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I’ve been a little hard on kefir. As a kid I thought it was something only “health food nuts” would buy it at the co-op along with wheat grass juice and granola. Our neighbors, who lived off the grid back in the 1970s, made kefir with milk from their goats. Goat’s milk I could almost handle as a kid, but fermented goat’s milk? No way. I’ve been rather bias against kefir ever since.
Fast forward 25 years later. I shop at the co-op. I make my own cheese, buttermilk, yogurt, pickles, sauerkraut, sourdough - you name it. I would love to have a backyard full of goats, chickens and honey bees. (I can get chickens and bees in Minneapolis, if my neighbors let me.) My friend Christopher ordered some kefir grains from The Kefir Lady online and made it while I was in the midst of writing my Greek Yogurt blog post. He gave me some grains and at first I did not care for the sour, yeasty tasting milk. Maybe I could make smoothies out of it, but that was about it. Then one morning I was gearing up to make pancakes and realized that I was out of buttermilk. Drat. My daughter and I love pancakes, making them 2 or 3 times a week. Could I use kefir in my pancakes? I didn’t see why not.
The results were fantastic. Because of the yeast component in kefir, the pancakes tasted like a cross between buttermilk and yeasted pancakes. I make my pancakes with 100% whole wheat flour, which can lead to heavy, flat pancakes. Buttermilk and baking soda prop them up a bit, but the kefir made them rise even higher than just buttermilk. And the unexpected bonus? The batter was still leavened the next day after sitting in the fridge, because the yeast in the kefir stayed active. Eureka! Below are the steps to make kefir, plus an easy recipe for pancakes.
Kefir is a “probiotic fermented milk drink,” which, according to Wikipedia, originated in the mountainous region between the Black and Caspian Seas in southern Russia. Made with kefir “grains,” the grains consist of a “symbiotic matrix” of yeasts and live bacteria, along with sugars and protein. They look like little cauliflower buds. When the grains are introduced to milk, they ferment the milk, causing it to effervesce, which is why they call kefir “milk champagne.” Get your kefir grains from a friend or an online source. There are also some kefir inoculates, but I’ve heard they don’t keep strength very long after several uses. Real grains will last forever if well cared for.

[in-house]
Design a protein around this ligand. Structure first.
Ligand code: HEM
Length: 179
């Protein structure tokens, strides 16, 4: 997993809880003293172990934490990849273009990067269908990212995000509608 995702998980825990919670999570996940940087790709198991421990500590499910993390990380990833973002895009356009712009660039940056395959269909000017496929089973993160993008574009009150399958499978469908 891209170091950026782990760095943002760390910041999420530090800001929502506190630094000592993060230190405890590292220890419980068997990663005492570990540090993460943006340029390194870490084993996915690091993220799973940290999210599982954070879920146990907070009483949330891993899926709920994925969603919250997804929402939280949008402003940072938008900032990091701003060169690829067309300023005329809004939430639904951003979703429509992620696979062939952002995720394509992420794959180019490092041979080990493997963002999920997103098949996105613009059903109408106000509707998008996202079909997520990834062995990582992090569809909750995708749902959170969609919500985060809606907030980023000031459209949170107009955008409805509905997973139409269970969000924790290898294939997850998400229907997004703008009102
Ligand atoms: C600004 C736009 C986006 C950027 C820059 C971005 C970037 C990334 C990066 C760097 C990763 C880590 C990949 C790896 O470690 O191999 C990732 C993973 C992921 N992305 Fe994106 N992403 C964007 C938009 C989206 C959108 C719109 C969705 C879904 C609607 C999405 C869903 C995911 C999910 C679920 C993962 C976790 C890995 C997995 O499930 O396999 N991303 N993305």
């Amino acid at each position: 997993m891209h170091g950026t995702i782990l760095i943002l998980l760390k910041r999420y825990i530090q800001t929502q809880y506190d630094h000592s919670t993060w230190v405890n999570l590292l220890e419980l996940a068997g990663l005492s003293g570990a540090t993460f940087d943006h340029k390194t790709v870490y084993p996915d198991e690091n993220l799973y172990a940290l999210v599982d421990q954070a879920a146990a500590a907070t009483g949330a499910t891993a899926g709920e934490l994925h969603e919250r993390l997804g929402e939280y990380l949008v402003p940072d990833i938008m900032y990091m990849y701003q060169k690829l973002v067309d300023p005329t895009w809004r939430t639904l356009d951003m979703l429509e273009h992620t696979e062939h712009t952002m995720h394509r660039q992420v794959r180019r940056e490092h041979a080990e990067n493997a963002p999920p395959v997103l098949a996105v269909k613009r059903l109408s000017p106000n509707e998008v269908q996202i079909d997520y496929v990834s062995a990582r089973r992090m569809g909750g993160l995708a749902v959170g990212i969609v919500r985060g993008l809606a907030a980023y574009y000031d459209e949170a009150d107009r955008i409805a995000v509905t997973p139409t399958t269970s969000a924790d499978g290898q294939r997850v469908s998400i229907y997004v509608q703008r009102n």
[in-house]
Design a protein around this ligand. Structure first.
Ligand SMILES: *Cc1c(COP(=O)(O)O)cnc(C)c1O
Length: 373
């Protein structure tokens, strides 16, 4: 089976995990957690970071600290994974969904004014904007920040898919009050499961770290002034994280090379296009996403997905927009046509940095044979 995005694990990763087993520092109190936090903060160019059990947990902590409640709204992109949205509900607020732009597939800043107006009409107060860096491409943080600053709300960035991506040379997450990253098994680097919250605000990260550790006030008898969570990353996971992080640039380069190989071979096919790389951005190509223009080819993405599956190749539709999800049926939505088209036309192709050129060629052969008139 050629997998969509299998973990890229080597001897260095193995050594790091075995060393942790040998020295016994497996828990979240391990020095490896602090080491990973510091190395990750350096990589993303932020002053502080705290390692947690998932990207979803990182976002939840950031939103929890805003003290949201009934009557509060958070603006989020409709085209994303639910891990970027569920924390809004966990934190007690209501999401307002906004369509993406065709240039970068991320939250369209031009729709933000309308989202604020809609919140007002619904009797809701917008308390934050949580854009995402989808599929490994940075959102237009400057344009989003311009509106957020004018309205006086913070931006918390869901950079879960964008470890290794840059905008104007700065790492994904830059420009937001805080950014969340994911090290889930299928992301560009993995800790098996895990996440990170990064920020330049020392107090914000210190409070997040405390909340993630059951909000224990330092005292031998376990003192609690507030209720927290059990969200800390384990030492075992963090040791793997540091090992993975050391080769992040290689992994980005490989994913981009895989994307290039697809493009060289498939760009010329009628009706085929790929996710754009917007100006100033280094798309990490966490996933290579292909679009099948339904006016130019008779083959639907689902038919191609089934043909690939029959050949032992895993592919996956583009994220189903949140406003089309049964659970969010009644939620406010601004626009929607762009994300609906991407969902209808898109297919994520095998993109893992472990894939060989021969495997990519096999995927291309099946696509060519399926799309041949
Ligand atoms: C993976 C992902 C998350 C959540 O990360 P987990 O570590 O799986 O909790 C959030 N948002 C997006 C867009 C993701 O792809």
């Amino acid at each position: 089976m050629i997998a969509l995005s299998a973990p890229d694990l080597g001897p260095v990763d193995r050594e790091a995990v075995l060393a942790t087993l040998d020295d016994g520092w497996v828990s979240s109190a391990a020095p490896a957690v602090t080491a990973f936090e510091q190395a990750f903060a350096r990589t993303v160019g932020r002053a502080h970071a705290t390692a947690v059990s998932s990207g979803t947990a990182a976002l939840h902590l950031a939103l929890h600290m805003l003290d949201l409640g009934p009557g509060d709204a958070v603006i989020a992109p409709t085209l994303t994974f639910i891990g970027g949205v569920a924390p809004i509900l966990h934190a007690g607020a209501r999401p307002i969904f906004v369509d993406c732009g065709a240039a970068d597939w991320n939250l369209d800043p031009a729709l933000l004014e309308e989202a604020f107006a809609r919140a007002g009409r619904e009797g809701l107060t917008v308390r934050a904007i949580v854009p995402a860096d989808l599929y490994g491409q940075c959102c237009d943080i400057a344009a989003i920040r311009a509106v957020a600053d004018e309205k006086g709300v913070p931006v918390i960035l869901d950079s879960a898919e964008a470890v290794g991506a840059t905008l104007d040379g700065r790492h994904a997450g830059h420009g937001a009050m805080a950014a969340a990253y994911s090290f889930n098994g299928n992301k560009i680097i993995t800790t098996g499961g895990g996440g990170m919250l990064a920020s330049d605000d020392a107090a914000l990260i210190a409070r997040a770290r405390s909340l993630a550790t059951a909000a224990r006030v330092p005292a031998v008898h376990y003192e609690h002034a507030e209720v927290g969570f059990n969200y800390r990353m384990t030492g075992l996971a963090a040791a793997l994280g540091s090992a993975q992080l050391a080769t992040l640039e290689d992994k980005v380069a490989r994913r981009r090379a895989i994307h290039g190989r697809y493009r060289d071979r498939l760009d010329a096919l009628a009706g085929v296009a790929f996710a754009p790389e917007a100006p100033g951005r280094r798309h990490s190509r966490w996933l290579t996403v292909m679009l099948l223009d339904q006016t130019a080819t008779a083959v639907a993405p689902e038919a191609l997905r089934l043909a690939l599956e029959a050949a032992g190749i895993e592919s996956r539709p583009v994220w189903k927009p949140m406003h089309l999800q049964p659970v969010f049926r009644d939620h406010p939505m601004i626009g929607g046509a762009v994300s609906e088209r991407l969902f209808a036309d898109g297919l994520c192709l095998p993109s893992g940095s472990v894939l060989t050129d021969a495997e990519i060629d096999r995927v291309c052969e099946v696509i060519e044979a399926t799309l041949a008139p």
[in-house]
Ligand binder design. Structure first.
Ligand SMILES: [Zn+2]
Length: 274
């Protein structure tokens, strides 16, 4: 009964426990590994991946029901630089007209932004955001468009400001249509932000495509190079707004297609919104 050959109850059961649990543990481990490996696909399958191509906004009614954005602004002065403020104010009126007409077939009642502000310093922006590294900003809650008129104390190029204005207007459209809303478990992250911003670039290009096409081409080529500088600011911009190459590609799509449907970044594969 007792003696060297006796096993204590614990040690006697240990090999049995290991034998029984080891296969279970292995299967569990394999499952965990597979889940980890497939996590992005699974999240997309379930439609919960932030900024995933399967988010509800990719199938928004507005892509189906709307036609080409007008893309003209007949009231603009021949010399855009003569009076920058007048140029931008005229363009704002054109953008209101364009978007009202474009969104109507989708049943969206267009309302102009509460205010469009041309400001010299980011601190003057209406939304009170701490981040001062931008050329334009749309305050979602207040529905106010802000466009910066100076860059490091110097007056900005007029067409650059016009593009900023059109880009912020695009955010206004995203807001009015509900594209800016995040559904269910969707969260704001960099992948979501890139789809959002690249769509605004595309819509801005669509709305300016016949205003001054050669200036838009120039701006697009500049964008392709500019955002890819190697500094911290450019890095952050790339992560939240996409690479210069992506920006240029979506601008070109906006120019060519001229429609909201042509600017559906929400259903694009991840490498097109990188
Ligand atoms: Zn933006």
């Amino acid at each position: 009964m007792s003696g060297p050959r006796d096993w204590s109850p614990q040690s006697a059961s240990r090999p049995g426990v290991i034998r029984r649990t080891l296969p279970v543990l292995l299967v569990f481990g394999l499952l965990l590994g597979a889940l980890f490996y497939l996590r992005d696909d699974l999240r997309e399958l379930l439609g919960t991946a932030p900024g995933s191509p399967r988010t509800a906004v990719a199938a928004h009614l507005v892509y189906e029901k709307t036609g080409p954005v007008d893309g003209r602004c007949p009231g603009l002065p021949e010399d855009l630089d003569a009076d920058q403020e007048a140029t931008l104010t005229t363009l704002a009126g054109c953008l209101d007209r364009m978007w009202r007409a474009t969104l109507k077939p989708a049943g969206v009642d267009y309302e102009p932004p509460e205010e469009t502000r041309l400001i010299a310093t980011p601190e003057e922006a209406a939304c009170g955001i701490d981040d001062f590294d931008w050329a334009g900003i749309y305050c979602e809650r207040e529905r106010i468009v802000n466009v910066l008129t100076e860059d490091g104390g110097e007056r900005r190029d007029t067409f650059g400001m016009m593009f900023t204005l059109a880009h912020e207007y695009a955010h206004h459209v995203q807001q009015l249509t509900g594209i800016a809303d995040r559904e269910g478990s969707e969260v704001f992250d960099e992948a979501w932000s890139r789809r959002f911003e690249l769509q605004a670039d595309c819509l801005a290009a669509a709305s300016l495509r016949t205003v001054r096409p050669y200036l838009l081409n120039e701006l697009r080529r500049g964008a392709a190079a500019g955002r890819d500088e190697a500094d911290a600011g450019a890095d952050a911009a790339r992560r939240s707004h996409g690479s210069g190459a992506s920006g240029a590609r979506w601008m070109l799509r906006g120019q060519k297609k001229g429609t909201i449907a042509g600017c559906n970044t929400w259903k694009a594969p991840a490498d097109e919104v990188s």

Homemade Kefir and Pancakes
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Homemade Kefir Milk Recipe
By Tammy Kimbler
live kefir grains (a tablespoon or more)
1 quart milk
cheese cloth or dish towel
clean 1/2 pint jar
clean quart jar
Take your live kefir grains and place them in a clean 1/2 pint glass jar or non-reactive container. Cover with milk, leaving at least a 1/2 inch head space at the top, since sometimes the mixture expands from the bubbles. Cover the jar with a clean piece of cloth and tie with a string or rubber band. The kefir will release gases, so don’t seal it up to tight. Let the mixture stand 24 hours on the counter top.
The next day, check your small batch of kefir. The mixture should be thickened and may have separated into a raft of grains and curds with whey beneath. This is a good thing. Smell it. It should smell sweet, sour and yeasty, like milky fresh bread from the oven. If not much has happened, let it sit on the counter one more night and check it again. If it still hasn’t thickened or smells bad, you might have dead grains. Get some fresh ones and try it again. If all is well, proceed to step 2.
Take the whole small batch and put it in a clean glass quart jar. Top with more milk and stir well, this time leaving at least an inch of head space. Cover with cheese cloth and leave out over night. The next day, stir the kefir, then give it a taste. Some folks like a very mild kefir milk, others like it very sour and yeasty. Since I use mine mostly for baking, I like the strong kind. Leave it out another day or so for a stronger batch. Timing will also depend on how active your grains are, and how many you have. Mine are so active now that one night is enough to make a strong batch. If you like how it tastes, proceed to step 3.
Strain the kefir milk through a mesh strainer to filter out the kefir grains. It’s OK if curds are still clinging to the grains. Top the strained milk with a 2 piece canning lid (these can burp if gas builds up) and put it in the refrigerator where it will last several weeks. Don’t be surprised if it’s quite bubbly when you use or drink it. Transfer the grains to another 1/2 pint jar, and recover with milk. If you don’t intend to make more kefir, you can cover it and put it in the refrigerator. It will slow down the bacterial action, but the grains should last a couple of weeks before you need to revive them on the countertop, then it’s back to step one.
Whole Wheat Kefir Pancakes Recipe
By Tammy Kimbler
1 cup whole wheat flour
1 tsp baking powder
1/2 tsp baking soda
1/4 tsp salt
2 tsp sugar
1 large egg
1 tbs melted butter or oil
1 cup kefir milk
Combine the dry ingredients, then mix in the wet. The batter will bubble quite a bit. Cook on a medium griddle or cast iron pan for best results. You can also substitute 1/4 cup of flour for other whole grains like corn meal, buckwheat, teff, amaranth or the like. Teff and corn meal are particularly wonderful. My 5 year old daughter prefers to eat these with a few chocolate chips thrown in. I like maple syrup, myself. Leftover batter stores beautifully in the fridge for use again the next day.
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